University funding is complex. More often than not, universities face funding policies that reflect historical arrangements and national politics rather than forward-looking strategies and principles. According to the Grattan Institute1, international students are now the biggest source of revenue for Australian universities. At the same time, however, funding from the Commonwealth Government – traditionally an important source for Australian institutions – is falling away, with industry body Universities Australia reporting a $2.1 billion reduction over the past 18 months, along with further cuts of $328 million to research. With current government funding for student places frozen at 2017 levels, it is estimated the real reduction will amount to a 5 per cent cut by 20202. Australia is not alone in this regard, with US Federal Budget proposals released earlier this year flagging funding cuts to the US Education Department by as much as 12 per cent next year3. Overall, it’s fair to say that government funding levels for higher education institutions in developed countries are unlikely to be on an upward trajectory anytime soon.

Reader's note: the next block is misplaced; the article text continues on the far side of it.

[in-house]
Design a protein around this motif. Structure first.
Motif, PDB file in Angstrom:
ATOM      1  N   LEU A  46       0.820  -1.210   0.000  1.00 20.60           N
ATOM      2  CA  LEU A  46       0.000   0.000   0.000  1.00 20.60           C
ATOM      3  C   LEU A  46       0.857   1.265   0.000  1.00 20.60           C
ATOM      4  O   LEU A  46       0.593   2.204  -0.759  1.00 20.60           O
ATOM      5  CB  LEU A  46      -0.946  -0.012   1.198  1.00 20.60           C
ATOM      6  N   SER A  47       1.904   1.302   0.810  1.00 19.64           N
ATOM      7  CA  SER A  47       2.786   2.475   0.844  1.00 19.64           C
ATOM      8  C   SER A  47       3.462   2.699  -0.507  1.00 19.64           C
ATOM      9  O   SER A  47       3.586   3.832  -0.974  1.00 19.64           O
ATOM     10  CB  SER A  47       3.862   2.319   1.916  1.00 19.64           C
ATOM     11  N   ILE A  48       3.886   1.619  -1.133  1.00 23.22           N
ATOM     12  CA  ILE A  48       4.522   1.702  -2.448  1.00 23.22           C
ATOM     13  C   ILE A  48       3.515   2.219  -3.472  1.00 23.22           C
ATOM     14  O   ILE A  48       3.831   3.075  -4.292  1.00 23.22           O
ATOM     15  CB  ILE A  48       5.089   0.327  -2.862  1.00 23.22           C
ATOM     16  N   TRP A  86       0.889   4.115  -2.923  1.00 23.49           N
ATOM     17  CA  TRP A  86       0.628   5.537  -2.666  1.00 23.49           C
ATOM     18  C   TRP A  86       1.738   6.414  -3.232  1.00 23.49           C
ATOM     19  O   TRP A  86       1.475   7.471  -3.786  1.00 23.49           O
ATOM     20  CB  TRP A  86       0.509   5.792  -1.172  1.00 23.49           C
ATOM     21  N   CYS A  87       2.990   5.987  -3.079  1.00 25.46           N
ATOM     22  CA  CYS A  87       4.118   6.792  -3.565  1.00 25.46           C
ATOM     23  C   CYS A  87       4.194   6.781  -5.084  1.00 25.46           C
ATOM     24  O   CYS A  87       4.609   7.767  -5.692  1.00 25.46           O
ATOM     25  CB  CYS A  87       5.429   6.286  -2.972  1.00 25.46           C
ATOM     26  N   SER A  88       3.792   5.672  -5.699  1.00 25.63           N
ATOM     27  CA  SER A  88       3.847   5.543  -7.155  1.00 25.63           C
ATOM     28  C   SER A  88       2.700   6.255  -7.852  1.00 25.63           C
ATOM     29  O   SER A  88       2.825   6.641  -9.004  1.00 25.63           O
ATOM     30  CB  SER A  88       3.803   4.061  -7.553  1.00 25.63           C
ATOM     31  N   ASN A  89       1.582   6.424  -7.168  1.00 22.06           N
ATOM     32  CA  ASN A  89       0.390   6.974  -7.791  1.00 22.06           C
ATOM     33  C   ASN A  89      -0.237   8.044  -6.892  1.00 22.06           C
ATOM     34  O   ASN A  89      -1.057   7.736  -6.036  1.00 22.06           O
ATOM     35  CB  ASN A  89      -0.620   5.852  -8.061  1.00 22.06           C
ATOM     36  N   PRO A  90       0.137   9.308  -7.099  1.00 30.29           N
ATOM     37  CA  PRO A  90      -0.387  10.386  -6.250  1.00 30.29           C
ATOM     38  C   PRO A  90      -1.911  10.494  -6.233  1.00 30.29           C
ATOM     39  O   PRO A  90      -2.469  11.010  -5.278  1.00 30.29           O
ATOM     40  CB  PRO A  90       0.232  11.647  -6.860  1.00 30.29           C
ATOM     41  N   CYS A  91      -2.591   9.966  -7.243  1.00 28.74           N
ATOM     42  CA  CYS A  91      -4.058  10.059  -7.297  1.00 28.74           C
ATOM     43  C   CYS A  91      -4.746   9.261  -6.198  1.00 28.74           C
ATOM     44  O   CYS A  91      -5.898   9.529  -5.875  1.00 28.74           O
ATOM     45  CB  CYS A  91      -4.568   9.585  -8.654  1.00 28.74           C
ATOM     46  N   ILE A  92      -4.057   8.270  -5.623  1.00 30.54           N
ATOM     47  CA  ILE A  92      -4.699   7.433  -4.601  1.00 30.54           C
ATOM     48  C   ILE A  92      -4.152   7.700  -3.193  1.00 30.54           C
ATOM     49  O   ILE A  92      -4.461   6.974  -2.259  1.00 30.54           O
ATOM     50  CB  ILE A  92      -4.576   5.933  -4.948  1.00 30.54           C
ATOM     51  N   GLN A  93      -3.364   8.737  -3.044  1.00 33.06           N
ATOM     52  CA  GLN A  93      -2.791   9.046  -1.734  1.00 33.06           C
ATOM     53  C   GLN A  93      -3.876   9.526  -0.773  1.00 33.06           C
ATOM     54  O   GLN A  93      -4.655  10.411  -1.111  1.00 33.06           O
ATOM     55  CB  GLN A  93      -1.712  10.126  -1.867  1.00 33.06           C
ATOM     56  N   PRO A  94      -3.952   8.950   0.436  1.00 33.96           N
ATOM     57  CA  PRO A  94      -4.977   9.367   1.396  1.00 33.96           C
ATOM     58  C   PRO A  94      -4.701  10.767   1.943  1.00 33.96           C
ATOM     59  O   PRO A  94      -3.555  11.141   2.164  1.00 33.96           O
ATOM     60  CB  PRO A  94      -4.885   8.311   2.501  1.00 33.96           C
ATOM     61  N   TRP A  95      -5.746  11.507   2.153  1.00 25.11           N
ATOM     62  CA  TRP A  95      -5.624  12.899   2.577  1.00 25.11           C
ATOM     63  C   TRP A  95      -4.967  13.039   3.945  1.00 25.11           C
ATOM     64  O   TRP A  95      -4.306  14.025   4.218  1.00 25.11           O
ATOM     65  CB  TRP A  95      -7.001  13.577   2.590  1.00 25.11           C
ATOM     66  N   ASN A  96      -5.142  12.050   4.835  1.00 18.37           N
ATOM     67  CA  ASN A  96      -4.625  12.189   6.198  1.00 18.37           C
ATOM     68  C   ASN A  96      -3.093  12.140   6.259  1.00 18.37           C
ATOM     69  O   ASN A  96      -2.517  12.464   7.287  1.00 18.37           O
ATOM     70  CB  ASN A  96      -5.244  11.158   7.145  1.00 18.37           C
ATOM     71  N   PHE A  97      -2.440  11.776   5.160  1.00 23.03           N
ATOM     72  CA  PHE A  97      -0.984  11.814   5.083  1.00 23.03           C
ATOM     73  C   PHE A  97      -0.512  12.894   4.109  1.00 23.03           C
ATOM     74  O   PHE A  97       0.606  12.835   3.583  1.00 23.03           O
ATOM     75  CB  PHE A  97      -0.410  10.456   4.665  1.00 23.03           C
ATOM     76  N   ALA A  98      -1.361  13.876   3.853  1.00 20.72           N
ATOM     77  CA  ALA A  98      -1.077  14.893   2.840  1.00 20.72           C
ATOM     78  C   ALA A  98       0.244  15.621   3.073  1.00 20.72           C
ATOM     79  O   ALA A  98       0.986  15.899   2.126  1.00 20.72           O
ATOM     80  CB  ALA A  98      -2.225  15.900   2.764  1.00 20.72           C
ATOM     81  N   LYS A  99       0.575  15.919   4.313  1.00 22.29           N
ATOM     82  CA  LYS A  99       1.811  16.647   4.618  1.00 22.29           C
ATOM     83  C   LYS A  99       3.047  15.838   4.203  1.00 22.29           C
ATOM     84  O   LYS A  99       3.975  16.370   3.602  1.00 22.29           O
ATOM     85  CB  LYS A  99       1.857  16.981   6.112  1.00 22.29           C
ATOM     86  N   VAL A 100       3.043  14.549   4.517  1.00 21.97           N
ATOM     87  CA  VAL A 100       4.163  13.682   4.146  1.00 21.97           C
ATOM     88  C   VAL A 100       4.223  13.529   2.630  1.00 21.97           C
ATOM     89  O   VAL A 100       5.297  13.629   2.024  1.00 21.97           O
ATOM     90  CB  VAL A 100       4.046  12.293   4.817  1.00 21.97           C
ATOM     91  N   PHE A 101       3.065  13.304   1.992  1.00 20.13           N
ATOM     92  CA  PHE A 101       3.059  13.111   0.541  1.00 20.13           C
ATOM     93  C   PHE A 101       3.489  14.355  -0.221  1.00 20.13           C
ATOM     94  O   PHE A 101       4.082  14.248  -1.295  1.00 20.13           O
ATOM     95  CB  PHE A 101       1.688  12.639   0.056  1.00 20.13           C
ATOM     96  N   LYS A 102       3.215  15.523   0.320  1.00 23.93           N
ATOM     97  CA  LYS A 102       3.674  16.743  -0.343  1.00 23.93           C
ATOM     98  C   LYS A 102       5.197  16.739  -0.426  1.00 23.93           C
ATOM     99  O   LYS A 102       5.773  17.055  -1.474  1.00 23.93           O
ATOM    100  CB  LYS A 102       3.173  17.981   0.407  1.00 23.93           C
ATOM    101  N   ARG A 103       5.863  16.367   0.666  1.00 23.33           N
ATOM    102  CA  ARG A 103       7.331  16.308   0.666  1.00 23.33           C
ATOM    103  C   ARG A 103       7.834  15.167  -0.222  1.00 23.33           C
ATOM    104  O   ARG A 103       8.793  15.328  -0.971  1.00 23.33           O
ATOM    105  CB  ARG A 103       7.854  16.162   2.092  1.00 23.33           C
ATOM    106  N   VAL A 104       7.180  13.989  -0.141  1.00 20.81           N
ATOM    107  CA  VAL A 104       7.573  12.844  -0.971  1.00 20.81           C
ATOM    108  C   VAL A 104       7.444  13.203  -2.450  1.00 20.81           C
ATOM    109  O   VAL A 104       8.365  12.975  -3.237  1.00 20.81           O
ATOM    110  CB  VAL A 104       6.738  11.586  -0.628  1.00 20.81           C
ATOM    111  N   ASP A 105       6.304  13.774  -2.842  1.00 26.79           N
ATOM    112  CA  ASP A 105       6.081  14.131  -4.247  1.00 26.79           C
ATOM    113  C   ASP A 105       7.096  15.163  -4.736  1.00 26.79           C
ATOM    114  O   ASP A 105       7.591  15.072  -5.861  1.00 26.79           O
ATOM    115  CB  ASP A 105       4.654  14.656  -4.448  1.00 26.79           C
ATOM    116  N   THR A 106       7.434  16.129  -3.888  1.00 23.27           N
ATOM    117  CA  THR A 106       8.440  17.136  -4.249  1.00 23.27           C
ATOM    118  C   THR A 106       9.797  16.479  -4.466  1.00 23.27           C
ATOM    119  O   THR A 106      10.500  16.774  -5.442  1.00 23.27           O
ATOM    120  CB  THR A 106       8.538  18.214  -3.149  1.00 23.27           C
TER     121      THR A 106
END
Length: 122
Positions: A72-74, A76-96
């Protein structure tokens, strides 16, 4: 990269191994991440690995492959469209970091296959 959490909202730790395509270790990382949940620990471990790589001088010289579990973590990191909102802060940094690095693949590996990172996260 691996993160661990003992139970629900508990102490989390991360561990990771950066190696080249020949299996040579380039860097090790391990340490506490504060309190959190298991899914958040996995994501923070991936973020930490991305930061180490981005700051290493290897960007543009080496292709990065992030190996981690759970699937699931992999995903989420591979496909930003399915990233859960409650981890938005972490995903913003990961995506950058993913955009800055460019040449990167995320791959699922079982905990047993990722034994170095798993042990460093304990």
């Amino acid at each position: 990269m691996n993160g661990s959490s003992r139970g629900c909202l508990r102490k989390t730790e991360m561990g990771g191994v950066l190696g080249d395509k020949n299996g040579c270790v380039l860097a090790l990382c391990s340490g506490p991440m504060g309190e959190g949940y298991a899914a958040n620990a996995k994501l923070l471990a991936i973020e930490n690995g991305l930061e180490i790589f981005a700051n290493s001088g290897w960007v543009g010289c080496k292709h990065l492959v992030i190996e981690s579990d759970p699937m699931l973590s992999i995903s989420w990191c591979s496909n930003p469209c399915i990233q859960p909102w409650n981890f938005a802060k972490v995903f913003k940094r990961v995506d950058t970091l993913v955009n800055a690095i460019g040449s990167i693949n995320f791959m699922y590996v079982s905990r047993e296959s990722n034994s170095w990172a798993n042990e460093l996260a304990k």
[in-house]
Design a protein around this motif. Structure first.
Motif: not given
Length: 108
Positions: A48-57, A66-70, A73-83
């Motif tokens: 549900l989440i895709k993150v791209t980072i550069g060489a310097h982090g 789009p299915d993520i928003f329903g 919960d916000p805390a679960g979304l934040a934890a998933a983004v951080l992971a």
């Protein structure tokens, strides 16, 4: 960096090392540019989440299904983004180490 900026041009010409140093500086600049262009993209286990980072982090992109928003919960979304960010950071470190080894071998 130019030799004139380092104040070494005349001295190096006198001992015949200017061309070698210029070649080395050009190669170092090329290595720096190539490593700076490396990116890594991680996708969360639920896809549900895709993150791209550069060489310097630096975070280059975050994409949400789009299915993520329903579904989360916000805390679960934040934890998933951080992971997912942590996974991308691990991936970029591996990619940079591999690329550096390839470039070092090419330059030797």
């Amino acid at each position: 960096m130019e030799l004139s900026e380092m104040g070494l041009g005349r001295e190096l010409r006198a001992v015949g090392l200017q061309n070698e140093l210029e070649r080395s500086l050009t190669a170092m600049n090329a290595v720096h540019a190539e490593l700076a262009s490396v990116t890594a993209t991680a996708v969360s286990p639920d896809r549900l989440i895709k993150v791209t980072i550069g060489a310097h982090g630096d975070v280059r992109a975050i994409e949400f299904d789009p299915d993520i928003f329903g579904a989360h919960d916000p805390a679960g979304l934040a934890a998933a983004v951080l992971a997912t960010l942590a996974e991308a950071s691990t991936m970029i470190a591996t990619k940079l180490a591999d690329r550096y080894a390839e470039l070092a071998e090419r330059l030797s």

One of the upshots of this growing funding pressure is that competition for students – particularly for higher fee-paying overseas students – has become fierce. And it’s a compounding issue, with those universities that rank high on the global university league tables increasingly likely to attract more (and more talented) students in addition to retaining and attracting leading faculty members, in a virtuous cycle that only widens the gap between university ‘haves’ and ‘have nots’.